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How to spot fake DocuSign Phishing attempts!

DocuSign is a service that allows people to sign documents in the Cloud. Signing documents electronically saves a lot of paper and time. It also cuts back on human contact, which is particularly useful for remote working, or when everyone is locked down in a pandemic.

DocuSign phishing emails have many of the tell-tale signs of other phishing attacks: Fake links, fake senders, misspellings, and the like. Recipients can check links by hovering their mouse pointer over the document link in the email. If it is an actual DocuSign document it will be hosted at docusign.net. Also, the sender address should belong to docusign.net

FAKE DocuSign Email Example

FAKE DocuSign Email Example

Signs:

  • “Dear Receiver”? If the sender does not use your actual name, that is a red flag.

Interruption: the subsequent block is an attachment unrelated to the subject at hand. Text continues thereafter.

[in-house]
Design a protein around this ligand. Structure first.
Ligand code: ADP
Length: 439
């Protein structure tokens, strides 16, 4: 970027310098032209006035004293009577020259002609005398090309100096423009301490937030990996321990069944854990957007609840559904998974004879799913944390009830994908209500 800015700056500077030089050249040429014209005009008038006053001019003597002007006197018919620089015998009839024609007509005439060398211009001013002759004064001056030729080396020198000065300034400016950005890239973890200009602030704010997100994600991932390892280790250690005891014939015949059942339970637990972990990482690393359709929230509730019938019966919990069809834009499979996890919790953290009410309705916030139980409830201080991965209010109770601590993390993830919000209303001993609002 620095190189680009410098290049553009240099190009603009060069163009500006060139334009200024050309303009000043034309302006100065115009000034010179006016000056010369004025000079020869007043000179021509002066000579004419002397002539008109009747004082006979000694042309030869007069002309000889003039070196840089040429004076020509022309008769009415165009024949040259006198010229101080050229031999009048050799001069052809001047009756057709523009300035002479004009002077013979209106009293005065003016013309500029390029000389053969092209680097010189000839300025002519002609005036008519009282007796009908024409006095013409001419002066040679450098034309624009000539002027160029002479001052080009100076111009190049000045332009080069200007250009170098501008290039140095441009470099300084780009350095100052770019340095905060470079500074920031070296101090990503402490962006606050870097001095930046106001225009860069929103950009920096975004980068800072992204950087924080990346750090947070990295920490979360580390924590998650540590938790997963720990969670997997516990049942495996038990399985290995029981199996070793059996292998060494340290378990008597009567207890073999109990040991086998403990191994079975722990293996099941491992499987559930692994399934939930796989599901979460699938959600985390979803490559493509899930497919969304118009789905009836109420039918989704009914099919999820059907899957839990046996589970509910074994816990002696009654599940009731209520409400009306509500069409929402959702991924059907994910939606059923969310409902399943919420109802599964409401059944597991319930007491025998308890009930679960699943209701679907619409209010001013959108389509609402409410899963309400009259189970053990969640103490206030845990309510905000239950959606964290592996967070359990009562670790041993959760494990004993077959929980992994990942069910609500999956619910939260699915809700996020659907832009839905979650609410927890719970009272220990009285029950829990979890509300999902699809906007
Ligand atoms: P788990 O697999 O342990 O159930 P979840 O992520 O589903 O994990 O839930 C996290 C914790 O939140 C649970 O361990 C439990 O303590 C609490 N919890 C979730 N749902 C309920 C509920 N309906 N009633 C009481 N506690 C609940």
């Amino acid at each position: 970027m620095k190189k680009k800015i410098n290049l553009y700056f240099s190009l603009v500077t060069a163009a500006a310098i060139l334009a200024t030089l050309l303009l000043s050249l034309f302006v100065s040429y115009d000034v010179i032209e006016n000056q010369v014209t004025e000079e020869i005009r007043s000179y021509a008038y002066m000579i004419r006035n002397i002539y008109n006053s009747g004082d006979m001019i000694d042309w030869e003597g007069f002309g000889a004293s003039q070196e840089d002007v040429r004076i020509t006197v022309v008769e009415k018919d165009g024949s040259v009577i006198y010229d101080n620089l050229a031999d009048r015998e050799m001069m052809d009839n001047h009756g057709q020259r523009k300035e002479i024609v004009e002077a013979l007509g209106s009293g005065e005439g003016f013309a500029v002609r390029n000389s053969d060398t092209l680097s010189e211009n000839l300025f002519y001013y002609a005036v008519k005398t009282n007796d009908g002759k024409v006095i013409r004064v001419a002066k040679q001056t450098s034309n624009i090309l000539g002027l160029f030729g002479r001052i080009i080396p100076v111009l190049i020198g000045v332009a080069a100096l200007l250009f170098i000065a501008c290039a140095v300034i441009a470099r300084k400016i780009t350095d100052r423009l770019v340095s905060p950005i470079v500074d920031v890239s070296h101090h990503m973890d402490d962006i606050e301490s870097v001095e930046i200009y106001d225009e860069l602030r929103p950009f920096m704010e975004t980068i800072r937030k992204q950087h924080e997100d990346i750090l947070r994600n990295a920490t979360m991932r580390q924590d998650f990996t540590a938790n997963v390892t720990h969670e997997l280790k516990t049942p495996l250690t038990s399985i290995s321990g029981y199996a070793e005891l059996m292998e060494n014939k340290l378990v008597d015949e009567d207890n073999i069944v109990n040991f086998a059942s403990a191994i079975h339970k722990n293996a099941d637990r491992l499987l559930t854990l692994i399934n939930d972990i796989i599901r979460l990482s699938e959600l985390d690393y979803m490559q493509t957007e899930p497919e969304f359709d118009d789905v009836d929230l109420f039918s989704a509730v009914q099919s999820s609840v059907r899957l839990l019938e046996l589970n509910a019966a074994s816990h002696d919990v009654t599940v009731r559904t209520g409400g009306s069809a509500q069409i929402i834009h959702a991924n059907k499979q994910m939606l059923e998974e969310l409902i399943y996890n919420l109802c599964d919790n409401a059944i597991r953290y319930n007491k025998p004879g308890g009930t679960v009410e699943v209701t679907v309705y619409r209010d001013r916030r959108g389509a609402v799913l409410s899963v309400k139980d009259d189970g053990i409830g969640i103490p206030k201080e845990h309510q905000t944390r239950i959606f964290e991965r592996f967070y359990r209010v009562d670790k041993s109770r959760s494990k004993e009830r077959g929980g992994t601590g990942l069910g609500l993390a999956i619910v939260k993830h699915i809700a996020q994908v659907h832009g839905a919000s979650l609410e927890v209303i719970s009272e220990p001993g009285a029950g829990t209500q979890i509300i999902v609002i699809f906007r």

The security code is way too short.
  • DocuSign links will read “REVIEW DOCUMENT” if it is a document that needs to be signed.
  • An extra space in “inquiries , contact” and other sloppy spelling.
  • Document was hosted at feedproxy.google.com, not docusign.net.

Access Documents Safely

Rather than trying to identify whether or not an email is bad, it’s often safer (and no less convenient) to assume it’s bad and ignore its links completely.

We recommend that you use the “Alternate Signing Method” mentioned in legitimate DocuSign mails. If you get a DocuSign email, visit docusign.com, click ‘Access Documents’, and enter the security code provided in the email. It will have a format similar to this one: EA66FBAC95CF4117A479D27AFB9A85F01. (Don’t bother, it’s invalid.) If a scammer sends you a fake code it simply won’t work. There is no need to trust the sender, or the links in their email.